- ex. perianal adenoma, transitional cell carcinoma, bronchoalveolar adenocarcinoma
Note: As carcinomas become less differentiated they lose some of these features and often become less cohesive, special staining techniques can be necessary in these situations to confirm an epithelial origin.
Mesenchymal neoplasms (sarcomas)
Mesenchymal neoplasms carry features of their embryonic tissue of origin, the mesenchyme. Cells are individualized and often associated with an extracellular matrix. Mesenchymal cells often do not exfoliate well and aspirates may be of low cellularity making a definitive cytologic diagnosis difficult. Cells generally have the following features:
- Spindle, oval or stellate shaped cells
- Indistinct cell borders
- Cells generally exfoliate in low numbers, and are scattered individually (though thick groupings can be seen in some tumors)
- Cells are often associated with an extracellular matrix
- Round to oval nuclei
- ex. fibrosarcomas, soft tissue sarcomas, osteosarcomas, chondrosarcomas
Discrete (round) cell neoplasms
Discrete or round cell tumors often have a hematopoietic origin and as the term suggests, consists of individualized round cells. Cells tend to exfoliate readily and as such aspirates are often of high cellularity. Morphologic features of the cells are used to classify discrete cell neoplasms further:
Mast cell tumor
- Degree of granularity and cellular atypia varies with stage of differentiation.
- Low grade tumors (grade I) tend to consist of well-granulated, uniform mast cells, while cells from high grade (grade III) tumors often have few to no granules and marked cellular atypia with a high mitotic rate.
- Tumor grading done by histopathology
- Note: Mast cell granules, especially those of high grade tumors, may not stain with Diff-Quik® type stains. Giemsa or toluidine blue may be needed to visualize the granules.
- Cell of origin is the epidermal Langerhans cell, not truly a neoplastic process but more of a reactive process and as such they usually regress without treatment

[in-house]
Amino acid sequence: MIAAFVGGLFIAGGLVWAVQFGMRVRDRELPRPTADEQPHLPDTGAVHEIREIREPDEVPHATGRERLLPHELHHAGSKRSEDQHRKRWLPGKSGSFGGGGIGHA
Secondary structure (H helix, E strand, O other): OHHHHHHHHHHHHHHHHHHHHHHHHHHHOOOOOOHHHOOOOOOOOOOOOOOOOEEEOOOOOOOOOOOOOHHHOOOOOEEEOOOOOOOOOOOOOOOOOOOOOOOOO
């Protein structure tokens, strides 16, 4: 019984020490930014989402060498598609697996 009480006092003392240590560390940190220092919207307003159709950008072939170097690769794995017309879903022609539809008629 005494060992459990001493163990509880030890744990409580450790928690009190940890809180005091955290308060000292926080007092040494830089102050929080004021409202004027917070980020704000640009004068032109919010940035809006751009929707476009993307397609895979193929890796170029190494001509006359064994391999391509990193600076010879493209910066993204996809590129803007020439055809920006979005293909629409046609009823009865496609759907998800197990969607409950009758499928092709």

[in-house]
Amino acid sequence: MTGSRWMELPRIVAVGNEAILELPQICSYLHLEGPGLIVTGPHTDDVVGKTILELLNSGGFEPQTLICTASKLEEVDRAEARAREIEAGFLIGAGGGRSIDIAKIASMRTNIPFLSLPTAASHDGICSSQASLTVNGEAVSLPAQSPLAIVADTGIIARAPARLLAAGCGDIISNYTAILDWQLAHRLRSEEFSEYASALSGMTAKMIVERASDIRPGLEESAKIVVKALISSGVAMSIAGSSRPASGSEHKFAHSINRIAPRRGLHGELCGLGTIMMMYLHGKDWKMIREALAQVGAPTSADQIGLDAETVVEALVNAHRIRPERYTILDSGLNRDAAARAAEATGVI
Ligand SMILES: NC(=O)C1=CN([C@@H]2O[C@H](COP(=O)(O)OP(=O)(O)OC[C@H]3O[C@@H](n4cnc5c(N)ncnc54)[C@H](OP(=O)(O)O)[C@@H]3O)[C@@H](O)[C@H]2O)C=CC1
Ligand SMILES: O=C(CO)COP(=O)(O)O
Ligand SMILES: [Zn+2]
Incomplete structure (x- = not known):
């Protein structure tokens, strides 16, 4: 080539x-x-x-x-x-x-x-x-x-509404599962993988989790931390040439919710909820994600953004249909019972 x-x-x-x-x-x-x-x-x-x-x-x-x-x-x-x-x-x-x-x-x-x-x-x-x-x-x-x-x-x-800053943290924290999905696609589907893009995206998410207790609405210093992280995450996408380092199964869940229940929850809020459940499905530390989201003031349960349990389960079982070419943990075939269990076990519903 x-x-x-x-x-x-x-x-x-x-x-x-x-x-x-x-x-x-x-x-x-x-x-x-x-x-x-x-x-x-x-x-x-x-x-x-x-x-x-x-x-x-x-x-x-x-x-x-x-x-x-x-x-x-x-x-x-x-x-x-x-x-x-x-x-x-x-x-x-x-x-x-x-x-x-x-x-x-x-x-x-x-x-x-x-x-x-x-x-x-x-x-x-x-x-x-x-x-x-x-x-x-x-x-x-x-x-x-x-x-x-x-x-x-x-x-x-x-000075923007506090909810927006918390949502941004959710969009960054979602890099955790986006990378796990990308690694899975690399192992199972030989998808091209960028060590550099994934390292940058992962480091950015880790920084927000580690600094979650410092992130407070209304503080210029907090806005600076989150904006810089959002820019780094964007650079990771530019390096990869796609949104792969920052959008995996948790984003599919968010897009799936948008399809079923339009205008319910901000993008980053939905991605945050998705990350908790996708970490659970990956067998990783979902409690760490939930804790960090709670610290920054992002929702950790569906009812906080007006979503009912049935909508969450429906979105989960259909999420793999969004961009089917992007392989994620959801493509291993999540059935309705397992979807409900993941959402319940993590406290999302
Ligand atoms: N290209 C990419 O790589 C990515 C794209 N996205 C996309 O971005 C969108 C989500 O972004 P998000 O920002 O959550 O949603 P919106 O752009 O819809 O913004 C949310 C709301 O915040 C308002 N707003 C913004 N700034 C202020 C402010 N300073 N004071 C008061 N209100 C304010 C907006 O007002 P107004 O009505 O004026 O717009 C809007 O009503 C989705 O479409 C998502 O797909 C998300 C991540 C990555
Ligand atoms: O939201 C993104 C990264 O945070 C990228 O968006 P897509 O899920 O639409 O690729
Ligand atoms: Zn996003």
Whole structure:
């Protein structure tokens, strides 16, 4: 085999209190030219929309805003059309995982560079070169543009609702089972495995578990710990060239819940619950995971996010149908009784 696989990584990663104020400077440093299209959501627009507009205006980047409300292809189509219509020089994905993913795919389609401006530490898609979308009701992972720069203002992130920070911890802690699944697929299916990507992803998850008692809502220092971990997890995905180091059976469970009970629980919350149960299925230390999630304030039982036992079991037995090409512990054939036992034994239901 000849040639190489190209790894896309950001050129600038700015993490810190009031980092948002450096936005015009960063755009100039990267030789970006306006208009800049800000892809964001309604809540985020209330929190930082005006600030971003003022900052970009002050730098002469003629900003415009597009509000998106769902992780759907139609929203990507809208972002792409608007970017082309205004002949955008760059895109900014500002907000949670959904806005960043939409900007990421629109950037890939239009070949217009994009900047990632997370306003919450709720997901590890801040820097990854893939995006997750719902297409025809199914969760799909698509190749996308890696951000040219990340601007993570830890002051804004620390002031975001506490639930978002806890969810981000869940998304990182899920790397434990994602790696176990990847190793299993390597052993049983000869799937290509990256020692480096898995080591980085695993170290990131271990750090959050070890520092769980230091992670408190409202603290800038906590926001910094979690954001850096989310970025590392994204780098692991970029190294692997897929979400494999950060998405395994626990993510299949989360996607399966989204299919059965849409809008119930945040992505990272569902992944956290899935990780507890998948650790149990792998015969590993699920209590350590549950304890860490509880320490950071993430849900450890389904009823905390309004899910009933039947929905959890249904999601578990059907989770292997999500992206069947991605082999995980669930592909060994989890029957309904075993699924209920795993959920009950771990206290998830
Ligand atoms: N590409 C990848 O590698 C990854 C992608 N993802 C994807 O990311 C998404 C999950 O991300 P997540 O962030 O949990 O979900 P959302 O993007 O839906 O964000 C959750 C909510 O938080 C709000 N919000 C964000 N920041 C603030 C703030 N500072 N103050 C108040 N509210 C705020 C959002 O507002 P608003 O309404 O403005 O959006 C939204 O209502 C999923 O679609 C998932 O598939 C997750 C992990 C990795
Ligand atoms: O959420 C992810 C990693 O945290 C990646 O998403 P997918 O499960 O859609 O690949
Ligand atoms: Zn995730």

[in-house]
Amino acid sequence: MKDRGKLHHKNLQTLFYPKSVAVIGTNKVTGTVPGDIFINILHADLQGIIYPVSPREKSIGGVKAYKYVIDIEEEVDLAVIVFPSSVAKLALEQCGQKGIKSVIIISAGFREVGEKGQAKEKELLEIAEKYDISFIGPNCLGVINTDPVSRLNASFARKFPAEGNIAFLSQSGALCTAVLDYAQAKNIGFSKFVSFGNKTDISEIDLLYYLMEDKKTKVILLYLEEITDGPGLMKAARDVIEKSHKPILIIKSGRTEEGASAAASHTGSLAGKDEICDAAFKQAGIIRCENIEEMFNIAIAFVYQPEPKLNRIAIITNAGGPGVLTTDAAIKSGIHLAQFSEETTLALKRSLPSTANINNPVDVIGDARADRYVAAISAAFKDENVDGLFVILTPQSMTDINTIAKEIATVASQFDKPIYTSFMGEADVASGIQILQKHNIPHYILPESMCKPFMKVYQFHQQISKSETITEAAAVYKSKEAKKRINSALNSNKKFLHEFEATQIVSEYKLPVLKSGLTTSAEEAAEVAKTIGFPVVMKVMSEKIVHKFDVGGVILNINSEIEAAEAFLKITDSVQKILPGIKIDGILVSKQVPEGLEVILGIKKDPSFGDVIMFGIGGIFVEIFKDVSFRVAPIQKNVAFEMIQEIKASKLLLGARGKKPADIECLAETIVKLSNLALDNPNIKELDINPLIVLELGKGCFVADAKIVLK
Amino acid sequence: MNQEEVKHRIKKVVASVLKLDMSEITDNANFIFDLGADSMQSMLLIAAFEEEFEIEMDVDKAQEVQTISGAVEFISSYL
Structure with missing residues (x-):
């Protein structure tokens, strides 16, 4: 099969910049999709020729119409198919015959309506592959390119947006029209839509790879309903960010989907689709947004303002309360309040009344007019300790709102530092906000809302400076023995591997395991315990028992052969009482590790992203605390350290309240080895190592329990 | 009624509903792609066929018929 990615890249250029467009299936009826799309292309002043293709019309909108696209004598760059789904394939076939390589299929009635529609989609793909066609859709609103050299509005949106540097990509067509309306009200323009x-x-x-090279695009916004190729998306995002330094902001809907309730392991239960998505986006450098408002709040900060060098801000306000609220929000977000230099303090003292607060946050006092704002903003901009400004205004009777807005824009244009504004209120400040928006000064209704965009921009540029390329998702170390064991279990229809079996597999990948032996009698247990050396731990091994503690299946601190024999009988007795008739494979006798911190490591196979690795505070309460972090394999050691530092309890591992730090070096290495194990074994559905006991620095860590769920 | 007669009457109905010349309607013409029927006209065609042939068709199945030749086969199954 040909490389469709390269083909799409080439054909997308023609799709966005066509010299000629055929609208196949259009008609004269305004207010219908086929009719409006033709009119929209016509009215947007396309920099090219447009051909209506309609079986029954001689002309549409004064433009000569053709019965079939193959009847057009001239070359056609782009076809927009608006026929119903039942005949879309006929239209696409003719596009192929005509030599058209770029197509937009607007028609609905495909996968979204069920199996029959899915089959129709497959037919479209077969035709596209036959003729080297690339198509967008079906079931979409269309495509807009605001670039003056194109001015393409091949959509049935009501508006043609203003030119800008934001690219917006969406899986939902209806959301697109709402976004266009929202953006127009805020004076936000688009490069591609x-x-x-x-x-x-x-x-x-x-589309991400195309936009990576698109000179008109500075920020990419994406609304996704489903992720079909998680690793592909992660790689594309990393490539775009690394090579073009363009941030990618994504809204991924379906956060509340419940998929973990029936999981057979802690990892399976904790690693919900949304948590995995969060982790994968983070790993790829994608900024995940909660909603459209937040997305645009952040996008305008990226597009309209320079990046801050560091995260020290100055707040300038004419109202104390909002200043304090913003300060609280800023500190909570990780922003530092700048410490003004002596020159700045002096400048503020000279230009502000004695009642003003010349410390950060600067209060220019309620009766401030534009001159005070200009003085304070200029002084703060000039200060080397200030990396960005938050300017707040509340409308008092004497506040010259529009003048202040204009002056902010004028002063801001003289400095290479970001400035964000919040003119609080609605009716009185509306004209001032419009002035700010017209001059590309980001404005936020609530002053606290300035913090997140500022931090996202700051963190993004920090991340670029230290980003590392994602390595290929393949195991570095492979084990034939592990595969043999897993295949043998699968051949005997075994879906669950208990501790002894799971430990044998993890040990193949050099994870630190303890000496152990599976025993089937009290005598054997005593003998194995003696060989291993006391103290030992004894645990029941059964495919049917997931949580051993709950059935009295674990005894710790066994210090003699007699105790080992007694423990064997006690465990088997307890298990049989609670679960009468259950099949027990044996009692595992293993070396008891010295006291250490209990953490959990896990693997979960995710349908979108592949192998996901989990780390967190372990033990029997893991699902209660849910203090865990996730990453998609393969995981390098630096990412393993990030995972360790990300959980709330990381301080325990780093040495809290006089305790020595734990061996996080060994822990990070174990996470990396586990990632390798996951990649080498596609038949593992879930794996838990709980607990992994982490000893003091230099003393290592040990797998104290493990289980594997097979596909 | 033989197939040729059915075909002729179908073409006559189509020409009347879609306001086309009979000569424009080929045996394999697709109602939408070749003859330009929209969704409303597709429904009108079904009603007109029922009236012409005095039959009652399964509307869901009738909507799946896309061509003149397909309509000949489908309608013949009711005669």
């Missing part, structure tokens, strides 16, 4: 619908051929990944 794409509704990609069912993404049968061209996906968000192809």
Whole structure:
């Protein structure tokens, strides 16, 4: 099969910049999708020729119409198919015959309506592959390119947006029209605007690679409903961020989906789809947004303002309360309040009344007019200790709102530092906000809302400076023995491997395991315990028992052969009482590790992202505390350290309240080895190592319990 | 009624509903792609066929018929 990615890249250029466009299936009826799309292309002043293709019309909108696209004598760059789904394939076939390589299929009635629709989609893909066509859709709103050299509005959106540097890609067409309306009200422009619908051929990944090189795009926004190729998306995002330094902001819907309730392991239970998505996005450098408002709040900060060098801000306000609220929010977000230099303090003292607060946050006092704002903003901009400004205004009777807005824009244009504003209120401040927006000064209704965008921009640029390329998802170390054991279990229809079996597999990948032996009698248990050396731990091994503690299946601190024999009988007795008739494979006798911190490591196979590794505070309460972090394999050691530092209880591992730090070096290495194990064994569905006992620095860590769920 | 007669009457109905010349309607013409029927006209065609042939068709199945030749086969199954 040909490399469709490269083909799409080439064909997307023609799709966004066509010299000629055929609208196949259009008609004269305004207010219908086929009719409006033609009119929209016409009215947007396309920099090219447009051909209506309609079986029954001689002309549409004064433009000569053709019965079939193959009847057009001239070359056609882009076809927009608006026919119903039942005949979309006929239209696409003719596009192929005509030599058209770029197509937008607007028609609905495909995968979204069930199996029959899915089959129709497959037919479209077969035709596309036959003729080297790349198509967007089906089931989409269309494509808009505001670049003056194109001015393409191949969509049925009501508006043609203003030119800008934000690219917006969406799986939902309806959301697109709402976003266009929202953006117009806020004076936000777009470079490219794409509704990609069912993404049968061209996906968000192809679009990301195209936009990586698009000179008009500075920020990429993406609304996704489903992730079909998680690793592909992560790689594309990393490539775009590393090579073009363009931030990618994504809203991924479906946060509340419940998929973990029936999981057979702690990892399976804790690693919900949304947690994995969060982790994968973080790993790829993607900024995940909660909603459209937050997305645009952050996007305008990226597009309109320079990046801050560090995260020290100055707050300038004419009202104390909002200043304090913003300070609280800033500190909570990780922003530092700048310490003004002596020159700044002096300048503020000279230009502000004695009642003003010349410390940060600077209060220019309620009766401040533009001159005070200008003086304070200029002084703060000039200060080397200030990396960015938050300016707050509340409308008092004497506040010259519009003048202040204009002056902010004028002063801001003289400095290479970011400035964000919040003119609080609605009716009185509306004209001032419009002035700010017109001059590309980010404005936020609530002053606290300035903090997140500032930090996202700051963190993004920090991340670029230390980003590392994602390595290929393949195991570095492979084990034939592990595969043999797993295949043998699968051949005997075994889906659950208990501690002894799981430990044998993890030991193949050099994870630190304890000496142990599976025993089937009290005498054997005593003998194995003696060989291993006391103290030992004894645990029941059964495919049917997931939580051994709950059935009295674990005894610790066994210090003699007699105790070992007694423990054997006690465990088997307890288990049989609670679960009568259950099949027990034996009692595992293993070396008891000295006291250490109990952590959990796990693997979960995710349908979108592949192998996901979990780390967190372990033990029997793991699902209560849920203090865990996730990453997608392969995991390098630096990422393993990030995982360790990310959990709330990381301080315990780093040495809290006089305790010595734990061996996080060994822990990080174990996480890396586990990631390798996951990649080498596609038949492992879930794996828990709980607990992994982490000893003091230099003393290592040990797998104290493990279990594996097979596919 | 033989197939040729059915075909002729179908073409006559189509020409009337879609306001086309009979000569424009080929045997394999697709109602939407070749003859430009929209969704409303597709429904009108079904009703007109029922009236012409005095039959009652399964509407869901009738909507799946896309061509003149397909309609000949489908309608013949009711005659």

- Variably distinct cell borders with round to oval nuclei, can be indented
- Moderate to abundant amounts of clear to light blue cytoplasm
- Minimal cellular atypia, uniform cell size and morphology – bland appearance
- Often accompanied by variable numbers of small lymphocytes (tumor infiltrating cytotoxic T-cells)
- DDx: plasmacytoma, granulomatous inflammation, systemic histiocytosis, lymphoma
- Note: Histiocytomas generally consist of very bland, minimally atypical cells. If a high degree of cellular atypia (numerous criteria of malignancy) are found and a histiocytic lineage is still suspected, histiocytic sarcoma should be considered a differential diagnosis.
- Solid, well-circumscribed masses commonly found on digits, ears and mouth
- Distinct cell borders
- Variable amounts of blue cytoplasm (often deep blue), some have perinuclear clear zones
- More atypia (anisocytosis and anisokaryosis) than histiocytic tumors
- Nuclei are round, occasionally oval, eccentrically placed
- Binucleation, and occasional multinucleation is common
- DDx: histiocytoma, lymphoma
- Solitary to multiple nodules, plaques or ulcerative/exfoliative lesions
- Monomorphic population of lymphocytes (can be small, intermediate or large) in the absence of plasma cell or an inflammatory infiltrate
- Scant light to mid-blue cytoplasm, variably prominent nucleoli
- Epitheliotropic lymphoma – epidermis and adnexal involvment (T-cell)
- Non-epitheliotropic – dermis and subcutaneous involvement (B-cell)
- DDx: chronic inflammatory dermatitis, histiocytoma
Transmissible venereal tumor
- Seen in warm climates, sexually transmitted
- Histiocytic cell origin but with abnormal karyotype
- Monomorphic population of round cells with round nucleus, coarse chromatin, prominent nucleoli
- Abundant light blue cytoplasm with frequent punctate vacuoles
- Mitotic figures often present
Naked nuclei neoplasms
Naked nuclei neoplasms represent a distinct group of tumors that are usually of endocrine or neuroendocrine origin. Cells often exfoliate in large numbers but are fragile and aspirates contain many bare nuclei from ruptured cells. Intact cells are often found in loosely attached sheets or packets surrounded by numerous bare nuclei. Cells have the following features:
- Round to polygonal cells
- Indistinct cell borders
- Often very few cytologic criteria of malignancy despite an aggressive biological behavior
- ex. thyroid tumors, pancreatic islet cell tumors, paragangliomas
Typical cellularity of aspirates
(May be high in a few specific tumors)
|High||High, with very large numbers of individualized free nuclei from ruptured cells (“naked nuclei”)|
|Clusters (adherent); rarely see acinar formation if glandular origin||Individual cells, or in some non-cohesive aggregates||Individual cells||Clusters (adherent); rarely see acinar formations|
|Variable: Often polygonal, columnar, or cuboidal||Spindled to stellate to irregular||Round(ish)||Generally round or cuboidal|
|Medium to large||Medium||Small to medium||Small to medium|
|Round to oval||Oval to elongated||Round, sometimes indented||Round|
|Some tumor types may be associated with extracellular matrix||Cytoplasmic purple granules in mast cell tumors may occasionally stain poorly with Diff-Quik||Tend to lack cytologic features of malignancy regardless of biologic behavior|
Examples of tumors
|Benign:“-omas”, e.g. fibromas
Mast cell tumor
Anal sac AdCA